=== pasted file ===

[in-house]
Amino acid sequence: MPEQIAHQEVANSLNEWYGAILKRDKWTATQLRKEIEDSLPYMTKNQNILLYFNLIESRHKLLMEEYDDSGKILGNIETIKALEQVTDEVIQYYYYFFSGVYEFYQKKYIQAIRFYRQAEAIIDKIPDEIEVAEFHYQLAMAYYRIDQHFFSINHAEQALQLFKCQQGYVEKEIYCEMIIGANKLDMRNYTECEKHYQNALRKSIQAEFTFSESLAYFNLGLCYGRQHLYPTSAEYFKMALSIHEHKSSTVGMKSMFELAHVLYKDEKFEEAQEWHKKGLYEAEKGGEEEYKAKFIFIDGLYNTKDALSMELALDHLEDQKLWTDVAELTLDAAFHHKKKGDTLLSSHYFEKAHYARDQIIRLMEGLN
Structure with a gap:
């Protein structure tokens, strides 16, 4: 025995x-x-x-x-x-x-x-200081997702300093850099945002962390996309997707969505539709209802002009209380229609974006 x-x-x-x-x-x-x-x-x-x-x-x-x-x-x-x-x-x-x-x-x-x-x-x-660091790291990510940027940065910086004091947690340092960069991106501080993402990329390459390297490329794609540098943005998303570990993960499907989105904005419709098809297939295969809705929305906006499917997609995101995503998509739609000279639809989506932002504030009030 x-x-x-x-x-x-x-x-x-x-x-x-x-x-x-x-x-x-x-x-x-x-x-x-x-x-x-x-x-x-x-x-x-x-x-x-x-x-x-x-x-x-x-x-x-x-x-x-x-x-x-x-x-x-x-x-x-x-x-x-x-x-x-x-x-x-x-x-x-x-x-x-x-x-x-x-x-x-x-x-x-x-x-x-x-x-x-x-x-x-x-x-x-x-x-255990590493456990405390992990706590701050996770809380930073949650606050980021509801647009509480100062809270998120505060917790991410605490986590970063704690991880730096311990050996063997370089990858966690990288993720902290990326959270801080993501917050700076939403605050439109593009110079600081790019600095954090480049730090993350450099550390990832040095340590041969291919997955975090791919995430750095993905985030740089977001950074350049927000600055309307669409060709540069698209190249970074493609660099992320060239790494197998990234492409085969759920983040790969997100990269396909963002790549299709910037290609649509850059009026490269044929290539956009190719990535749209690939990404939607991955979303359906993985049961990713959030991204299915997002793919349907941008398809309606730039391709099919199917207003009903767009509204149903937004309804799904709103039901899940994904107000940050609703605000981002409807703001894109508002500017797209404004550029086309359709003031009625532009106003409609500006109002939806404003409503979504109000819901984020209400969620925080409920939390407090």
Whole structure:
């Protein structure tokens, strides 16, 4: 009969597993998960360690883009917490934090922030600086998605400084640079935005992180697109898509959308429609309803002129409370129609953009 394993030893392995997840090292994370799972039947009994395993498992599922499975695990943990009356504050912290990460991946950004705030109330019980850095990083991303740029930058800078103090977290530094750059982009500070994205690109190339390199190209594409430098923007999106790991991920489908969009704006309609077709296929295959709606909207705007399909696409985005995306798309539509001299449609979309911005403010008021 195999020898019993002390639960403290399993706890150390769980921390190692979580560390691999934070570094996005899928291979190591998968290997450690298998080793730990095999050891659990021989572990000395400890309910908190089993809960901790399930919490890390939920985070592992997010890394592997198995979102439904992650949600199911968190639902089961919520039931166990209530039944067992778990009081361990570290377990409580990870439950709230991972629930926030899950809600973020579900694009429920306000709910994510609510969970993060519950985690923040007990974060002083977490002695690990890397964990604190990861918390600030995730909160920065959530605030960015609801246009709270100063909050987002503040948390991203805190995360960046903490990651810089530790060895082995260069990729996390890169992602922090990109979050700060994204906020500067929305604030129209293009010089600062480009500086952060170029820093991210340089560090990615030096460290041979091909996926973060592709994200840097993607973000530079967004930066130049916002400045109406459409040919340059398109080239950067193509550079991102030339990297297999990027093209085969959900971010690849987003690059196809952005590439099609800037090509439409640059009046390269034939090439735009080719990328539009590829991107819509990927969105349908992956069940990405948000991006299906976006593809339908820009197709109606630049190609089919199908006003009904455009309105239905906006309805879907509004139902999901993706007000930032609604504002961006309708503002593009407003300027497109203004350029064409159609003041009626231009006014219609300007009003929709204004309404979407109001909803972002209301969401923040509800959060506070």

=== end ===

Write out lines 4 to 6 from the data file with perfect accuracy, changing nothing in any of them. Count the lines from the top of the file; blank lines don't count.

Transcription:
């Protein structure tokens, strides 16, 4: 025995x-x-x-x-x-x-x-200081997702300093850099945002962390996309997707969505539709209802002009209380229609974006 x-x-x-x-x-x-x-x-x-x-x-x-x-x-x-x-x-x-x-x-x-x-x-x-660091790291990510940027940065910086004091947690340092960069991106501080993402990329390459390297490329794609540098943005998303570990993960499907989105904005419709098809297939295969809705929305906006499917997609995101995503998509739609000279639809989506932002504030009030 x-x-x-x-x-x-x-x-x-x-x-x-x-x-x-x-x-x-x-x-x-x-x-x-x-x-x-x-x-x-x-x-x-x-x-x-x-x-x-x-x-x-x-x-x-x-x-x-x-x-x-x-x-x-x-x-x-x-x-x-x-x-x-x-x-x-x-x-x-x-x-x-x-x-x-x-x-x-x-x-x-x-x-x-x-x-x-x-x-x-x-x-x-x-x-255990590493456990405390992990706590701050996770809380930073949650606050980021509801647009509480100062809270998120505060917790991410605490986590970063704690991880730096311990050996063997370089990858966690990288993720902290990326959270801080993501917050700076939403605050439109593009110079600081790019600095954090480049730090993350450099550390990832040095340590041969291919997955975090791919995430750095993905985030740089977001950074350049927000600055309307669409060709540069698209190249970074493609660099992320060239790494197998990234492409085969759920983040790969997100990269396909963002790549299709910037290609649509850059009026490269044929290539956009190719990535749209690939990404939607991955979303359906993985049961990713959030991204299915997002793919349907941008398809309606730039391709099919199917207003009903767009509204149903937004309804799904709103039901899940994904107000940050609703605000981002409807703001894109508002500017797209404004550029086309359709003031009625532009106003409609500006109002939806404003409503979504109000819901984020209400969620925080409920939390407090």
Whole structure:
């Protein structure tokens, strides 16, 4: 009969597993998960360690883009917490934090922030600086998605400084640079935005992180697109898509959308429609309803002129409370129609953009 394993030893392995997840090292994370799972039947009994395993498992599922499975695990943990009356504050912290990460991946950004705030109330019980850095990083991303740029930058800078103090977290530094750059982009500070994205690109190339390199190209594409430098923007999106790991991920489908969009704006309609077709296929295959709606909207705007399909696409985005995306798309539509001299449609979309911005403010008021 195999020898019993002390639960403290399993706890150390769980921390190692979580560390691999934070570094996005899928291979190591998968290997450690298998080793730990095999050891659990021989572990000395400890309910908190089993809960901790399930919490890390939920985070592992997010890394592997198995979102439904992650949600199911968190639902089961919520039931166990209530039944067992778990009081361990570290377990409580990870439950709230991972629930926030899950809600973020579900694009429920306000709910994510609510969970993060519950985690923040007990974060002083977490002695690990890397964990604190990861918390600030995730909160920065959530605030960015609801246009709270100063909050987002503040948390991203805190995360960046903490990651810089530790060895082995260069990729996390890169992602922090990109979050700060994204906020500067929305604030129209293009010089600062480009500086952060170029820093991210340089560090990615030096460290041979091909996926973060592709994200840097993607973000530079967004930066130049916002400045109406459409040919340059398109080239950067193509550079991102030339990297297999990027093209085969959900971010690849987003690059196809952005590439099609800037090509439409640059009046390269034939090439735009080719990328539009590829991107819509990927969105349908992956069940990405948000991006299906976006593809339908820009197709109606630049190609089919199908006003009904455009309105239905906006309805879907509004139902999901993706007000930032609604504002961006309708503002593009407003300027497109203004350029064409159609003041009626231009006014219609300007009003929709204004309404979407109001909803972002209301969401923040509800959060506070």